The British scientist who gave his name to the Higgs boson particle spoke Friday of his delight after researchers affirmed its existence, saying it was "nice to be right sometimes".
Professor Peter Higgs was making his first detailed public comments since researchers at the European Organisation for Nuclear Research (CERN) announced Wednesday they believe they have found the sub-atomic particle thought to confer mass on matter.
The announcement came following nearly 50 years of research after Higgs published the conceptual groundwork for the elusive boson, dubbed the "God particle" because it is powerful and everywhere in 1964.
Asked at a press conference at Edinburgh University if he now felt a sense of vindication, Higgs said: "It's very nice to be right sometimes... it has certainly been a long wait."
The 83-year-old also brushed off suggestions he would now be in the running for a Nobel Prize as a result of the discovery.
"I don't know, I don't have close friends on the Nobel committee," he said, when questioned about an honour which academics including Professor Stephen Hawking have suggested he should receive.
He also declined to comment on whether those awarding the Nobel Prize should change its rules so that more than three people can share the award.
This would allow the committee to recognise his work alongside that of the five others with whom he worked most closely on his research.
"It remains for the Nobel committee if they are interested in this result to see if they really have a problem," Higgs said.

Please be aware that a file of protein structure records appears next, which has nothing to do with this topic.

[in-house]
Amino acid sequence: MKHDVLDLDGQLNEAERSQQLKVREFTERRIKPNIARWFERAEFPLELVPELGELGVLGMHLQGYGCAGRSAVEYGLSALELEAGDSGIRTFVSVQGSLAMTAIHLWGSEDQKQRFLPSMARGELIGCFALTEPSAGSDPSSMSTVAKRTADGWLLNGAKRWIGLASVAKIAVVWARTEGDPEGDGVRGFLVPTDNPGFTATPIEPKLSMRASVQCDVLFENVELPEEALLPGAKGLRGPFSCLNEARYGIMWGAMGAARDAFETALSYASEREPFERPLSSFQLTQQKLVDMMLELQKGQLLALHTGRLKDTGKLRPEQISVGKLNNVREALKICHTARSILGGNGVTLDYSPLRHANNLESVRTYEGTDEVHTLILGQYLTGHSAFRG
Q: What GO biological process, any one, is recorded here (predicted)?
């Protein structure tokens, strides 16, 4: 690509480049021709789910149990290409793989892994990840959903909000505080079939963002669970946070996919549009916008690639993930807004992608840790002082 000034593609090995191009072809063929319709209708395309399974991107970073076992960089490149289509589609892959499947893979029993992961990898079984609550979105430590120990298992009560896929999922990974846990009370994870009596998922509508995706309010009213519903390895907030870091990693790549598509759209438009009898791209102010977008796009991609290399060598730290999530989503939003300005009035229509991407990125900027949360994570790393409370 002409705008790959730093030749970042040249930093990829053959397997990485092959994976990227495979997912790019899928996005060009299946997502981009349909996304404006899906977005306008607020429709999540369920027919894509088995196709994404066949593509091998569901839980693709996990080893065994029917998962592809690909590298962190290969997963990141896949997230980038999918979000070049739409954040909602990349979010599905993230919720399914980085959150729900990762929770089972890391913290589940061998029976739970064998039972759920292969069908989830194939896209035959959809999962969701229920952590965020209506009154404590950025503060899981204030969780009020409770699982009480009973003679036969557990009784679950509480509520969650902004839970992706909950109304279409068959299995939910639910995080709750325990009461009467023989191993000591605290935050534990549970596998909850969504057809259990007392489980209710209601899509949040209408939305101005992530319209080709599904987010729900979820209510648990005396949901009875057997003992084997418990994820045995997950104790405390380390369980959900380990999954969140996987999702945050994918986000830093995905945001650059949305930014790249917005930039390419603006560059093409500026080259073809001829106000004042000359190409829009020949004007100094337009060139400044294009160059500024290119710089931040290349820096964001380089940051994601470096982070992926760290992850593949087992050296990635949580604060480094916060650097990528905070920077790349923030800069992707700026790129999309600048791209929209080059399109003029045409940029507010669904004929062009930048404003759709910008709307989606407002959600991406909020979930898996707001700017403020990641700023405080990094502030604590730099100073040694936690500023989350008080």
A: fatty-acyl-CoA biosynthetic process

Later, Higgs's friend and colleague Alan Walker recounted the low-key celebration they held after learning of the breakthrough, one of the most important scientific discoveries of recent years.
Walker said he and Higgs were flying home from CERN in Geneva this week on budget airline easyJet when he offered Higgs a glass of Prosecco sparkling wine so they could toast the discovery.
Higgs replied: "'I'd rather have a beer' and popped a can of London Pride," Walker said.
Higgs added that he has not contributed to theoretical physics since the mid-1980s, when he became "too old".
"I couldn't, at that age, acquire sufficient new mathematical skills which were needed to contribute, so I stopped," he said.
Asked what he was going to do next, Higgs told reporters he was simply looking forward to continuing his retirement.
"The only problem, I think, will be that I shall have to dodge the press," he quipped.
Meanwhile, Edinburgh University, where he is Emeritus Professor of Physics, announced Friday that it was naming a new centre for theoretical physics after Higgs.
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